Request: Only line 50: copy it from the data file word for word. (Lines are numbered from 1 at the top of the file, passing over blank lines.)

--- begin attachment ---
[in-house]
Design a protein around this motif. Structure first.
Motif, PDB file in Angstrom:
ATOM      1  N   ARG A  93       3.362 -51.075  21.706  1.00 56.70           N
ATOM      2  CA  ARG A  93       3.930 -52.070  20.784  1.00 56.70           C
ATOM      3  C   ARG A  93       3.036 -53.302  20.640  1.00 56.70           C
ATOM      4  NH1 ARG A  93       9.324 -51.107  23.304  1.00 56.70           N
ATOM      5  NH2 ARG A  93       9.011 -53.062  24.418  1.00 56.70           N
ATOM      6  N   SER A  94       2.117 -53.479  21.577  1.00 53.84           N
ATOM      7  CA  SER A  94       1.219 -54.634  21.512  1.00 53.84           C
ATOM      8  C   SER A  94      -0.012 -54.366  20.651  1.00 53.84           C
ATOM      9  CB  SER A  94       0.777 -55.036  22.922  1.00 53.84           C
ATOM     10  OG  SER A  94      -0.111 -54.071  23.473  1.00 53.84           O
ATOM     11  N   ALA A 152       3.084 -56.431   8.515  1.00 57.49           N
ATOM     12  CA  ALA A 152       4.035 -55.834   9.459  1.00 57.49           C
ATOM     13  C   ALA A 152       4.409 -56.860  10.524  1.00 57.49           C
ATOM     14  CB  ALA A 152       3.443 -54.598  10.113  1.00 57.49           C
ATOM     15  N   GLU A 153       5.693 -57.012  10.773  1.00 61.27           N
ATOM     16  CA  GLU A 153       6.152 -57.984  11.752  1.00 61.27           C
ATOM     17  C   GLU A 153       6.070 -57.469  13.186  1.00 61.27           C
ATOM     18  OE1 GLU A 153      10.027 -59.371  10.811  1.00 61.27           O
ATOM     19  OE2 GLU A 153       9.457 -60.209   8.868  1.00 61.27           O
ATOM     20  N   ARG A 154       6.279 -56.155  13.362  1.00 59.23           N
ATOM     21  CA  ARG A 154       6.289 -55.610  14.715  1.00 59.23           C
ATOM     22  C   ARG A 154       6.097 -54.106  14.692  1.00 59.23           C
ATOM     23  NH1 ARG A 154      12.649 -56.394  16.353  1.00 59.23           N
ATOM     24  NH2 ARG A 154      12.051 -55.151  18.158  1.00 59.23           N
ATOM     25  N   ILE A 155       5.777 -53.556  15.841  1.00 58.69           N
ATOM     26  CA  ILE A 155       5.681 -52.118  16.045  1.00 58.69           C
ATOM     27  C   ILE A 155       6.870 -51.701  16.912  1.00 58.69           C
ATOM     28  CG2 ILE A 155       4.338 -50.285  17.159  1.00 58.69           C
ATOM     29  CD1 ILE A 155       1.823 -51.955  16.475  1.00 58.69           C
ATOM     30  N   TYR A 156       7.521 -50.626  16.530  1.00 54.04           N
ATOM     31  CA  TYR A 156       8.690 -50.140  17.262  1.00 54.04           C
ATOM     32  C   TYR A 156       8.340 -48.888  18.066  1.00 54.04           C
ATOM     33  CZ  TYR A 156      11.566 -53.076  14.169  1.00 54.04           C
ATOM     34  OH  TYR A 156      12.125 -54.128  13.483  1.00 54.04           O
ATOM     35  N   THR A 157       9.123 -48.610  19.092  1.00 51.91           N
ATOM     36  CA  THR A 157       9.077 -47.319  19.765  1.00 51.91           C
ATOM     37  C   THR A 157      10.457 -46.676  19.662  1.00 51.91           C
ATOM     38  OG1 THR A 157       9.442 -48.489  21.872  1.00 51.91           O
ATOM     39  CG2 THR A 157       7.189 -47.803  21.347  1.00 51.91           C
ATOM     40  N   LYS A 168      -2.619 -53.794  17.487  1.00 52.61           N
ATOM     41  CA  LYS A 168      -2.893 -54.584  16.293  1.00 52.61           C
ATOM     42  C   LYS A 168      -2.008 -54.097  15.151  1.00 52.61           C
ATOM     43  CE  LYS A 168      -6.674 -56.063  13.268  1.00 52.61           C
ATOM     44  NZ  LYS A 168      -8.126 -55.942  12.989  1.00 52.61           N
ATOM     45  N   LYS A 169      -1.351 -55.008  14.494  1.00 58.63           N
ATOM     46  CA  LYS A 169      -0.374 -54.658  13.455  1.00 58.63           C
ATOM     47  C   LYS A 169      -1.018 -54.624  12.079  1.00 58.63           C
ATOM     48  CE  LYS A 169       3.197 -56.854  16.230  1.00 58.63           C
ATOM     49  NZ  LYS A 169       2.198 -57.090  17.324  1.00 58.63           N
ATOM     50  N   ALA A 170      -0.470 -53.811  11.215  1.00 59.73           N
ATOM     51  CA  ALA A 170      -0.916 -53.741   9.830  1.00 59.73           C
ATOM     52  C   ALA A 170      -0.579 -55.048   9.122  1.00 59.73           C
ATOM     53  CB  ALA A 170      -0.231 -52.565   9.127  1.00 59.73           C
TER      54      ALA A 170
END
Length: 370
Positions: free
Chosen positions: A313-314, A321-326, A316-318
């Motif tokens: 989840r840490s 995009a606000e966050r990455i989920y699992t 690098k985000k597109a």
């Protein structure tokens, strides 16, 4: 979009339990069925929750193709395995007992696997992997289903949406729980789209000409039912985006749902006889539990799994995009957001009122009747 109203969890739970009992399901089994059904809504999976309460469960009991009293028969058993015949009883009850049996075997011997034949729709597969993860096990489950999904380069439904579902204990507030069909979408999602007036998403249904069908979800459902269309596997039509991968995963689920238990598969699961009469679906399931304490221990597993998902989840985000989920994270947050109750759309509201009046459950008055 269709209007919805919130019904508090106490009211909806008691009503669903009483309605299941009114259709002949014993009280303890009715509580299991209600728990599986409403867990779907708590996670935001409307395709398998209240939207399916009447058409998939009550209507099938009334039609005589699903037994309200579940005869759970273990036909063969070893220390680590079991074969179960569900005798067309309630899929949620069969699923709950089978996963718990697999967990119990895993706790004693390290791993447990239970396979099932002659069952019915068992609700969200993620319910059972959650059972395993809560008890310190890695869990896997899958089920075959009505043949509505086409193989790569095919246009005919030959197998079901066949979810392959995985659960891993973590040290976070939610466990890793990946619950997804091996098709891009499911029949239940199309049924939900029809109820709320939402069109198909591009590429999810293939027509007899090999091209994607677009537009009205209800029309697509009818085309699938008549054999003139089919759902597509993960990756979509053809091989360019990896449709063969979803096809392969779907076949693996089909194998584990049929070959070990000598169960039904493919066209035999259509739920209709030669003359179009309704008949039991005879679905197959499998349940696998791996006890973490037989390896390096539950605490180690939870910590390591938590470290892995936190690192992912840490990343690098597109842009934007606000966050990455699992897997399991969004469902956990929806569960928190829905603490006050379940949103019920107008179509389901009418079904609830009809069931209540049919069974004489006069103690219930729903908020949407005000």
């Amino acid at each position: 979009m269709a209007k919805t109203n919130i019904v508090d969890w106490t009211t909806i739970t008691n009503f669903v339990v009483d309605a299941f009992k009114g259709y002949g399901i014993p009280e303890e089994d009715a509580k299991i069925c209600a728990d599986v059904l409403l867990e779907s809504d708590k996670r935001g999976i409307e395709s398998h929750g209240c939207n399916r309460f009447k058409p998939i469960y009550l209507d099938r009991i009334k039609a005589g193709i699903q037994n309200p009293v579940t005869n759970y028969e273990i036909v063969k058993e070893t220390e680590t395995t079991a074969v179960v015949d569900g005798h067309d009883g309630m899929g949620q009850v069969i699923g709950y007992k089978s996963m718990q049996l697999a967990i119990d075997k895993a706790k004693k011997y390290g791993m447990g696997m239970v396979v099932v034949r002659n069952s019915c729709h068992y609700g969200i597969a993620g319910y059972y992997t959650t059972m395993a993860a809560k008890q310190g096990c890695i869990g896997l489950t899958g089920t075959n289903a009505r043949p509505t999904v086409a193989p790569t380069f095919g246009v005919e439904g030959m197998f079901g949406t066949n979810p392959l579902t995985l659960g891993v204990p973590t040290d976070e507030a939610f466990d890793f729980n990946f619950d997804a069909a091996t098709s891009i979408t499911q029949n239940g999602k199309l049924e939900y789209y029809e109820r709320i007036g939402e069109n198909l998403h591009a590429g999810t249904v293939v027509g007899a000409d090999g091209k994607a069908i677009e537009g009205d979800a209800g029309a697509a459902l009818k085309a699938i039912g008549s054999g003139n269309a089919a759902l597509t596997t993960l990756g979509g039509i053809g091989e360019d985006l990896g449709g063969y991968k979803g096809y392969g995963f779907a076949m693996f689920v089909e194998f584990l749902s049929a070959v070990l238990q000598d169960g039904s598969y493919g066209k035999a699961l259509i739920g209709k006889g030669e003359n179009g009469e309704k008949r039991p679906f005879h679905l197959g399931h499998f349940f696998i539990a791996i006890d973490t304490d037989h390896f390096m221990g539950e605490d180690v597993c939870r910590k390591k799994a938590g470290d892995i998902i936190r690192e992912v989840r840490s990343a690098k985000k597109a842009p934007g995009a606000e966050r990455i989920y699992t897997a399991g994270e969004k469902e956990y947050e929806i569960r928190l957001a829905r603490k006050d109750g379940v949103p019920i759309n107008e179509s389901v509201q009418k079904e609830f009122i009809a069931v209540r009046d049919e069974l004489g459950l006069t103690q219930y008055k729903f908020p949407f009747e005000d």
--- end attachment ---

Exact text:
ATOM     47  C   LYS A 169      -1.018 -54.624  12.079  1.00 58.63           C